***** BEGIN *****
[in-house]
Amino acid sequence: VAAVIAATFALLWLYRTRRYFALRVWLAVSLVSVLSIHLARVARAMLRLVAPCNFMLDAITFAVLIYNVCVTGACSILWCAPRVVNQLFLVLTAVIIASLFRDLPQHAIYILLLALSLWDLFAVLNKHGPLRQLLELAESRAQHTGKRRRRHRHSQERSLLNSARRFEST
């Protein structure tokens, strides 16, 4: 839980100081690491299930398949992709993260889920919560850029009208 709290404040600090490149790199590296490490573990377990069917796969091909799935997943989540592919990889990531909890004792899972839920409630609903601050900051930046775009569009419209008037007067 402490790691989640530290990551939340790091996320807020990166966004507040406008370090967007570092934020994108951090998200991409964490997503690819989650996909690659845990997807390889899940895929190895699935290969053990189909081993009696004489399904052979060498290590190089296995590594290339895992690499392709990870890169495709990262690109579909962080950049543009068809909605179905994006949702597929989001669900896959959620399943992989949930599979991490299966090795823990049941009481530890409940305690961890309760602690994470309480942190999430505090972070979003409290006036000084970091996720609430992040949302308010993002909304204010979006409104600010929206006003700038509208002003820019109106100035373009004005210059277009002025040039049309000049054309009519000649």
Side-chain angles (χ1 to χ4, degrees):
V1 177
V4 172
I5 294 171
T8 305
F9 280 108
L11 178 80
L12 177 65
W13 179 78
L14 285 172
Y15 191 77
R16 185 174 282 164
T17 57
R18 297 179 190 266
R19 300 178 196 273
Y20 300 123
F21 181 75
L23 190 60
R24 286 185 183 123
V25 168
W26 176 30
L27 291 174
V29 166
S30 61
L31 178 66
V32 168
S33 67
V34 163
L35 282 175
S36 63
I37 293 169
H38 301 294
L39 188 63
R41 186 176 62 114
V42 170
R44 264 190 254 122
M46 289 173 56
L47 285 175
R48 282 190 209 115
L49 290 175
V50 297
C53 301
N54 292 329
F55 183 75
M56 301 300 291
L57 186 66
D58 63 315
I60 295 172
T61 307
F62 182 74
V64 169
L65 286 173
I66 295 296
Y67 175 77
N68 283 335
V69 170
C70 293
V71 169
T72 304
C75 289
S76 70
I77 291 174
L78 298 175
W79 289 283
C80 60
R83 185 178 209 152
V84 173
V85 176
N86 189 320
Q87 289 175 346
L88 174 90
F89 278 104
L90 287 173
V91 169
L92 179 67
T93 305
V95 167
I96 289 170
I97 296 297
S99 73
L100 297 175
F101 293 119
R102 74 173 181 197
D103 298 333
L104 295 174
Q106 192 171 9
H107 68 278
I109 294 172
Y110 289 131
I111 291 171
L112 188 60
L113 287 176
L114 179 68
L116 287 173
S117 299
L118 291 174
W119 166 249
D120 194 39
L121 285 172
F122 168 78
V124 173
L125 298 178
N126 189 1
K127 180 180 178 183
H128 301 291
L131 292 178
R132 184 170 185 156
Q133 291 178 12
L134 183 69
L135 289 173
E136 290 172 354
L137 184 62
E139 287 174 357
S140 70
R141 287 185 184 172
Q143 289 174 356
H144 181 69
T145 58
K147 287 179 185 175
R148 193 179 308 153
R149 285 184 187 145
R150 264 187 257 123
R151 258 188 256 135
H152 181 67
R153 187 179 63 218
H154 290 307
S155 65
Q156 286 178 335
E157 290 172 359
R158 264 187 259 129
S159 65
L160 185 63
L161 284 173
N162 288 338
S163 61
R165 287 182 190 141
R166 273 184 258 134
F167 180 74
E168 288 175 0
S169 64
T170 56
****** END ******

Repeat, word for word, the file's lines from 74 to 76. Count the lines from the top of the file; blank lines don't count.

L88 174 90
F89 278 104
L90 287 173